I Really Need to Cuddle with Tom Skilling Right Now

Tom Skilling is THE rock star of weathermen. When I learned my friend Ian had interned with him, I pummeled the poor guy with a million questions. Which aftershave does he wear? What makes him laugh? Where does he live? Like Game of Throne‘s Peter Dinklage, WGN’s forecaster Skilling has been the enigmatic source of fascination for me and a few of my friends. But today, I just need to cuddle with Tom Skilling. Preferably beneath a bed. Also, that bed needs to be in a deep basement. I need Tom’s reassurances that everything is going to be just fine. Here’s why:

Dude...we are SO screwed right now.

Dude…we are SO screwed right now. (Image courtesy of U.S. National Weather Service Chicago.)

After Hurricanes Ivan (which wiped out our Florida home) and Dennis, weather anxiety has become a thing with me. Dave Dorman and I lost too much. I’ve never recovered from the panic it caused me. It even prompted our move back to Illinois. This, despite me being a sturdy Midwesterner. I’m accustomed to death-defying weather like the Blizzard of ’79, where snowmobiles were racing down Michigan Avenue. I lived here during the 1990 Plainfield tornado, so devastating it made the cover of PEOPLE magazine.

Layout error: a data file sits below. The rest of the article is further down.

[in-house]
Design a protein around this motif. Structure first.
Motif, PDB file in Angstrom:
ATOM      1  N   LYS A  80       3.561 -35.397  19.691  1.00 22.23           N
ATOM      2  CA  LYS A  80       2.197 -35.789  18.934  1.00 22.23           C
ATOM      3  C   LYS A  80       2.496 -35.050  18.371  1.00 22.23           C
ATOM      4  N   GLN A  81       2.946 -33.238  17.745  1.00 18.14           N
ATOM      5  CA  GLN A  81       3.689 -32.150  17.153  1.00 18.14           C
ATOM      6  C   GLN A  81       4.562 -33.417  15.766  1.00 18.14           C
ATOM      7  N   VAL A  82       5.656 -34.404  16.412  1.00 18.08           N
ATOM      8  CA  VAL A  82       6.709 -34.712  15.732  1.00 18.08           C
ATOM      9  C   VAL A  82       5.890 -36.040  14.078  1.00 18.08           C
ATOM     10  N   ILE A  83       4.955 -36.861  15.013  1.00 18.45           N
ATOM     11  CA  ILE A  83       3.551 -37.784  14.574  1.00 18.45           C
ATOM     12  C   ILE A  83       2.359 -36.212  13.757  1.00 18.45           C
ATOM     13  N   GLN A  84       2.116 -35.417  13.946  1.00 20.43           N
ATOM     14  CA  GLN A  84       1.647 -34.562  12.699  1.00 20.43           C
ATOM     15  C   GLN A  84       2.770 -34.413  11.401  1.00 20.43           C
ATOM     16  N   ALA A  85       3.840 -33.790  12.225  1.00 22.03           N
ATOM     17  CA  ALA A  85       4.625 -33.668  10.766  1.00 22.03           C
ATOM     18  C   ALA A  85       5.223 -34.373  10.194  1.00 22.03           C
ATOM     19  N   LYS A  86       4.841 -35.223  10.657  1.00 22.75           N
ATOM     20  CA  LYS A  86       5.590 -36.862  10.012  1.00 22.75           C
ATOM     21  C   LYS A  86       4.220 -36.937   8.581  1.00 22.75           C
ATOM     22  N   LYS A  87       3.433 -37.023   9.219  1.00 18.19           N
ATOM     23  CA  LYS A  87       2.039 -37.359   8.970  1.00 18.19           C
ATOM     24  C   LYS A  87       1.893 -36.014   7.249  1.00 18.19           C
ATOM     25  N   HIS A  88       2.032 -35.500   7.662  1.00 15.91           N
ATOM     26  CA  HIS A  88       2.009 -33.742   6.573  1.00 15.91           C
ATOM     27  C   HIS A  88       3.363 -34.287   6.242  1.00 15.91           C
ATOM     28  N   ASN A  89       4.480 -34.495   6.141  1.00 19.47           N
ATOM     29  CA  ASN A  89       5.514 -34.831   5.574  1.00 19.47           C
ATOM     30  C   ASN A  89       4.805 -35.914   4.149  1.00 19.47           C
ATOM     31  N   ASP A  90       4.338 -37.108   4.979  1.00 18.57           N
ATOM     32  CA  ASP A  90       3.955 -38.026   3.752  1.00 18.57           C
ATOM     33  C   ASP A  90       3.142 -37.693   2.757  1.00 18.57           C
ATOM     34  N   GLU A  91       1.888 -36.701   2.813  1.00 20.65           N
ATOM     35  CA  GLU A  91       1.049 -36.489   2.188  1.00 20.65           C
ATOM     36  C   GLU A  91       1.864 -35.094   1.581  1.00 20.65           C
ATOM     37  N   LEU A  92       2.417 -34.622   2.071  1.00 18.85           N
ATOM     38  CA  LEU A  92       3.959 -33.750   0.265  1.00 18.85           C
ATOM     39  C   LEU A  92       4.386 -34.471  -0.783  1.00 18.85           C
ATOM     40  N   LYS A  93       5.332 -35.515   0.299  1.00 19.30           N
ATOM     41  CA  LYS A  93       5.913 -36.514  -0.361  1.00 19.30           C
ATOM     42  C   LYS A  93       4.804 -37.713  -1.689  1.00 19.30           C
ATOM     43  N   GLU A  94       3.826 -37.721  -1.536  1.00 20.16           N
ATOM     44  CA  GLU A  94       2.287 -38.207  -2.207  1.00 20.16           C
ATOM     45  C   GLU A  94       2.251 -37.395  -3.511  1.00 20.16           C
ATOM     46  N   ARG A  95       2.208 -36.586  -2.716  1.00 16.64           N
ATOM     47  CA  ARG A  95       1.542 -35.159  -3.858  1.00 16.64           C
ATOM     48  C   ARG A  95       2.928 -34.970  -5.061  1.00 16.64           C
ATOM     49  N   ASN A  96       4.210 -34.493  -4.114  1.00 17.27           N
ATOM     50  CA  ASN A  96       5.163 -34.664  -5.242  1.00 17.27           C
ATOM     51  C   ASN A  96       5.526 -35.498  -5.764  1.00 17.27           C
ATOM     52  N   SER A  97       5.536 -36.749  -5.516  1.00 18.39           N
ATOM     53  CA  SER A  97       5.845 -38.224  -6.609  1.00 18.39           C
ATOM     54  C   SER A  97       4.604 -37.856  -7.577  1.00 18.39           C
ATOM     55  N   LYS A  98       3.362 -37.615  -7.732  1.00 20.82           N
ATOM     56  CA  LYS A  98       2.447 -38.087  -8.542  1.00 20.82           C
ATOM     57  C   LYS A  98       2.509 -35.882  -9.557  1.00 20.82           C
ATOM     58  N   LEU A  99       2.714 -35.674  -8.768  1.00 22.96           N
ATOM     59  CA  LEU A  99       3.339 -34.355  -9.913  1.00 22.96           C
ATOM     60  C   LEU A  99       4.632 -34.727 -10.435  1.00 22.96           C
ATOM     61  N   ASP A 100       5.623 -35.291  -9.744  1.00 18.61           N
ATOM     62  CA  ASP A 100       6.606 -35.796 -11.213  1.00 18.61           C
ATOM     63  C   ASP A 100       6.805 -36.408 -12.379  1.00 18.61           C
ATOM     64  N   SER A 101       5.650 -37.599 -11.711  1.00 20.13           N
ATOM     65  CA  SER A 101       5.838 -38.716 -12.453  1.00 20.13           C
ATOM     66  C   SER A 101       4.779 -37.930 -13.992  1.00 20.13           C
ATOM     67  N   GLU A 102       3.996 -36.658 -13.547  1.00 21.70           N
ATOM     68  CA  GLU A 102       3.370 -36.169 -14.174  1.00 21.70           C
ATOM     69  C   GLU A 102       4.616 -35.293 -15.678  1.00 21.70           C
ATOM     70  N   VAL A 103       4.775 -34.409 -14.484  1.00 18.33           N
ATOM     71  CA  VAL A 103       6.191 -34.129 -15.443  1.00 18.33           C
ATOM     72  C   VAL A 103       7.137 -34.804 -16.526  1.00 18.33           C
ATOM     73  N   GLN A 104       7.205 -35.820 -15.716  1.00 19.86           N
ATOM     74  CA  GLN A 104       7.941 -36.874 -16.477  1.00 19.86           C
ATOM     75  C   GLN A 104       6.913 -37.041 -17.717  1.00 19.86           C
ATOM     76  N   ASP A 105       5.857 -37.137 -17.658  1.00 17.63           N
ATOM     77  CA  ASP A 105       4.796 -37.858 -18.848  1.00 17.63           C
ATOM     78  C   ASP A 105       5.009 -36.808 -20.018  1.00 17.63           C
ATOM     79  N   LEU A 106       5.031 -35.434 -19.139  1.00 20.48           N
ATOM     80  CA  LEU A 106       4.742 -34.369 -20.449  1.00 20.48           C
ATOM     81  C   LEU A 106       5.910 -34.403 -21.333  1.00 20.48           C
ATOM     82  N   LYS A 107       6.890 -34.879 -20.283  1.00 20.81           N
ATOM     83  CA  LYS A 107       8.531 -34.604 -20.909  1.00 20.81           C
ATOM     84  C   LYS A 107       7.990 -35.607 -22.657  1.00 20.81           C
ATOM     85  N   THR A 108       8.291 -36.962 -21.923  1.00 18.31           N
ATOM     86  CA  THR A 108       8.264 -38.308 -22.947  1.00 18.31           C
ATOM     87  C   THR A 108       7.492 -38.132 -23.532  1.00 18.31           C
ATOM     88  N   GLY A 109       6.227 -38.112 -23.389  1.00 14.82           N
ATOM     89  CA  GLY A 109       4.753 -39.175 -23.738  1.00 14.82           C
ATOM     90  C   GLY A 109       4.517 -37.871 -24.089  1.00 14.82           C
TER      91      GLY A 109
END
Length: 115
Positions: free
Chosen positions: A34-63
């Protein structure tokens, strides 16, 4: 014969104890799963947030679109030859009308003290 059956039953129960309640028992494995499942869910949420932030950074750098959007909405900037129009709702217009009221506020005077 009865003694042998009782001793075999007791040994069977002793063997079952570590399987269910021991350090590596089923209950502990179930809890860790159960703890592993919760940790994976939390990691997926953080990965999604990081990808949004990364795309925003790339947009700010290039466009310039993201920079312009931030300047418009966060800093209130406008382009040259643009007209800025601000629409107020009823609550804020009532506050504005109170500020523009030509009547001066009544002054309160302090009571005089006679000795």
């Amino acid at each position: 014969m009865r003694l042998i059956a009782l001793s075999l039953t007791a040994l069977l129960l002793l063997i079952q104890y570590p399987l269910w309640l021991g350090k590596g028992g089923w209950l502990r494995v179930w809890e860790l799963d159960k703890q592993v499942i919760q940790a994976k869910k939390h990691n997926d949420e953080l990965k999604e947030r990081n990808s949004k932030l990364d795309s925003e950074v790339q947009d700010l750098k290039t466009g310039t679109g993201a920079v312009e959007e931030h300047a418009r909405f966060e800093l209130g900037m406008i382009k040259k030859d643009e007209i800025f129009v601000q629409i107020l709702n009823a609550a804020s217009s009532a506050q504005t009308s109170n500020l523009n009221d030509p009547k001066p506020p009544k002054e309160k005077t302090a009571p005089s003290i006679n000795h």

Prior to my hurricane experiences, the weather unglued me only once. I was unaware my next-door condo neighbors had just installed surround sound. They were watching the movie Twister” at what I’m guessing was 11–the loudest volume. My entire condo was vibrating. As Helen Hunt was diving into the storm cellar on their TV next door, I was bending myself into a frickin’ pretzel, trying to squeeze behind my spiral staircase to certain safety. I couldn’t reconcile why, from my cramped vantage point, I was peering out at blue skies through my transom windows. Post torna-faux, we all had a good laugh about it. (If only they’d watched Jurassic Park, like most folks with new surround sound at that time. I probably wouldn’t have freaked over an impending T-Rex attack.)